Americans (and myself before a multico) use a dado and a mitre fence on the table saw. I still do some aspects this way occasionally. It works and isn't to slow. If your using a morticer watch as your mortices may be slightly off centre (morticer uses a single datum fence) have set up waste the same size and marked faces.as the dado references of 2 faces resulting in problems.
 
It's better to centralise your mortices if using this method and focusing on straight square timber that's equal thickness/width. So either work from both faces with mortice and tenon(or groove and stub tenon by turning between cuts) or work mortice and tenon from one face only(morticer and tenoner) one obviously restricts the joint to the centre.
 
@Cabinetman That’s a useful tip Ian thanks and means you can reference off the same face too.
@HOJ I think you may be right. My blade has a couple more teeth per in, I haven’t cut curves with it but I have put some serious lumps of iroko through it, so yes it’s probably up for replacement. Do you get reliable straight cuts ? Can I ask, do you have the original blade guides ?
@Jacob Ha, maybe I should stop being so lazy, it would certainly help in trimming the cheeks, having lines to work to. The end result will be fine, but think I’ve made it hard for myself. Thanks for your advice.
@johnnyb I managed to centre my mortises as I needed to flip them over to achieve a depth of 106mm with a 6mm chisel. I like the idea of a spacer thickness of mortise for the tenon. I’ve avoided the table saw method as it’s a bit on the risky side and working upside down ! I used to use a wadkin radial arm with a wide adjustable groover. The guard wasn’t big enough for the cutter. It was messy and victorian dangerous. It’s gone now ! Thanks
 
[.....
@Jacob Ha, maybe I should stop being so lazy, it would certainly help in trimming the cheeks, having lines to work to. The end result will be fine, but think I’ve made it hard for myself. Thanks for your advice.
I could spend several days sorting out the rod and marking up. After that on auto pilot and hoping that the pile of components would all come out as intended! No major failures, some occasional minor inaccuracies but easy fixes.
 
If you are cutting the shoulders on a sliding chop saw, with no problem , then why not the rest of the tenon?
Failing that it shouldn't take too long to cut them by hand, if there are only four doors. After all this is what the tenon saw is for.
Careful marking out, of course is key to getting them all the same.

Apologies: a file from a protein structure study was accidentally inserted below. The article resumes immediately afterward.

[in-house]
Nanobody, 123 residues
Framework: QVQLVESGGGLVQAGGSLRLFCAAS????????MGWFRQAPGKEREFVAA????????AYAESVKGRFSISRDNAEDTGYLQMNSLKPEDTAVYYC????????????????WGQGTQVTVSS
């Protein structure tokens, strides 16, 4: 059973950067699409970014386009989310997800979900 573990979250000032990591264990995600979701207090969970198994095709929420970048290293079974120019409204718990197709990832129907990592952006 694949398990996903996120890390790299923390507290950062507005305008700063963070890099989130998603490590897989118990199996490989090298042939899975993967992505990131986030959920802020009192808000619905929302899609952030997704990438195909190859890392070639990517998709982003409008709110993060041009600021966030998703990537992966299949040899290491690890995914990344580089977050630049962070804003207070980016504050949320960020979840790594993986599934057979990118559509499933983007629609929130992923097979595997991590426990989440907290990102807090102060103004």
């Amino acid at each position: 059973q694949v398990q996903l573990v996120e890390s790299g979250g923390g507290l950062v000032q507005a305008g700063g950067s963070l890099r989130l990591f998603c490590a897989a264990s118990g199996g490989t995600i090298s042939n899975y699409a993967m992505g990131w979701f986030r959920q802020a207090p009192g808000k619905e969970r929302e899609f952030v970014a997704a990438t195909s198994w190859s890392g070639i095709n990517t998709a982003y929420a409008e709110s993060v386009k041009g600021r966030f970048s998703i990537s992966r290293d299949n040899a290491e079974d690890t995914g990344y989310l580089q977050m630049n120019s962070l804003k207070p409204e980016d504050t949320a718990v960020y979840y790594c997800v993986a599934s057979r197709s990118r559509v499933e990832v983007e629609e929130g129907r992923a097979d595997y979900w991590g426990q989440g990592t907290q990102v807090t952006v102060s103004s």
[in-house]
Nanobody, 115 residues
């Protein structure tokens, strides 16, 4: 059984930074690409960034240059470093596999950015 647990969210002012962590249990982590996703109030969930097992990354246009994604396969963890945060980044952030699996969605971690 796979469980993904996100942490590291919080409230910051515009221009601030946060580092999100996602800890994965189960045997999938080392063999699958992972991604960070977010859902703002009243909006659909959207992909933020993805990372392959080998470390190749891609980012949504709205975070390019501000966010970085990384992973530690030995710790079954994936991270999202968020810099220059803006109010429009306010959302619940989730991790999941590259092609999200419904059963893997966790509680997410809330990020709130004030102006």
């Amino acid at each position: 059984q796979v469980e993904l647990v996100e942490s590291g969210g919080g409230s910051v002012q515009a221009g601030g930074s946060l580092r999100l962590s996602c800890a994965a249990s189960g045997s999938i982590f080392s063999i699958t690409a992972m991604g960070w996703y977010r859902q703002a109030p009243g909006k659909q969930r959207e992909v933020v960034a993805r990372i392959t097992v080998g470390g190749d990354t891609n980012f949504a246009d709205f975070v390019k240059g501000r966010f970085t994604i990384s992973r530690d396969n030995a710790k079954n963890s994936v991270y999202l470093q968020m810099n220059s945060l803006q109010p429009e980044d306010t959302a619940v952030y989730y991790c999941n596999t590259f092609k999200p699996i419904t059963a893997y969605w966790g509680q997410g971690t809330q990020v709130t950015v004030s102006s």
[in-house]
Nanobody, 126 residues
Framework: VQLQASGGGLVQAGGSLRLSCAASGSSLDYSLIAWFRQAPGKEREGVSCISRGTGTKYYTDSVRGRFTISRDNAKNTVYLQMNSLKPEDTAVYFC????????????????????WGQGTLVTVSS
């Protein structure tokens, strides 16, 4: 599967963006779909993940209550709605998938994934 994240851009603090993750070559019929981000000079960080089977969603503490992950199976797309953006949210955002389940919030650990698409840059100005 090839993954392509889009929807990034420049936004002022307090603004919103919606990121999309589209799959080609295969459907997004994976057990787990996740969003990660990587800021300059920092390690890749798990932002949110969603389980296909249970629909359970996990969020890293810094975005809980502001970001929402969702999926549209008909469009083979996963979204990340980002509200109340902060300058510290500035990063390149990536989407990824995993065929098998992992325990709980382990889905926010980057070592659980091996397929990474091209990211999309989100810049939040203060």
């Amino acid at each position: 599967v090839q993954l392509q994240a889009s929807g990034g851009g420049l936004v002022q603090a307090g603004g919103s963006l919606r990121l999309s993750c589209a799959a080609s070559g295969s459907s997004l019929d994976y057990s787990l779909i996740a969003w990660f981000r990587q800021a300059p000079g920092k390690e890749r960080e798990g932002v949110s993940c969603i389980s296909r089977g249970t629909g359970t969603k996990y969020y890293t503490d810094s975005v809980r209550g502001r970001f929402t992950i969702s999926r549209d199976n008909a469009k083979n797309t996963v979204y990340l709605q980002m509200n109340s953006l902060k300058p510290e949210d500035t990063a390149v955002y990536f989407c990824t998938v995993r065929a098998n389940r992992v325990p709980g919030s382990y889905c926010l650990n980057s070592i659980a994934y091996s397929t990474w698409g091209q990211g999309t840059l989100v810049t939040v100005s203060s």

If you are cutting the shoulders on a sliding chop saw, with no problem , then why not the rest of the tenon?
Failing that it shouldn't take too long to cut them by hand, if there are only four doors. After all this is what the tenon saw is for.
Careful marking out, of course is key to getting them all the same.
TBH I've never used a chop saw. Can you cut tenon cheeks with one?
 
It's better to centralise your mortices if using this method and focusing on straight square timber that's equal thickness/width. So either work from both faces with mortice and tenon(or groove and stub tenon by turning between cuts) or work mortice and tenon from one face only(morticer and tenoner) one obviously restricts the joint to the centre.
Most joinery does not have centralised M&Ts. It's dominated by rebates, mouldings etc. Position of everything is from the best face/edge.
 
Two methods:

1. Saw the shoulders on a tablesaw with a stop to enable the rail to be flipped. Then resaw blade on a bandsaw, using the fence for a guide. Obviously, test cuts are required.

2. Tenon saw. If needed, clean up with a rasp or router plane. If you want a fixture for hand sawing, make this one I designed years ago ...

http://www.inthewoodshop.com/ShopMadeTools/TenonGuide.html

Regards from Perth

Derek
 
It was always an issue as a garage woodworker. I always felt those methods ie single blade width move across again very slow and a bit dangerous as they are so repetitive and slow. Derek's router plane suggestion is a good one as longer tenons need to be parallel to work.
And router planes work consistently and well but slowly. Four inch chiseled mortices are much harder than four inch tenons imho so check those carefully as well.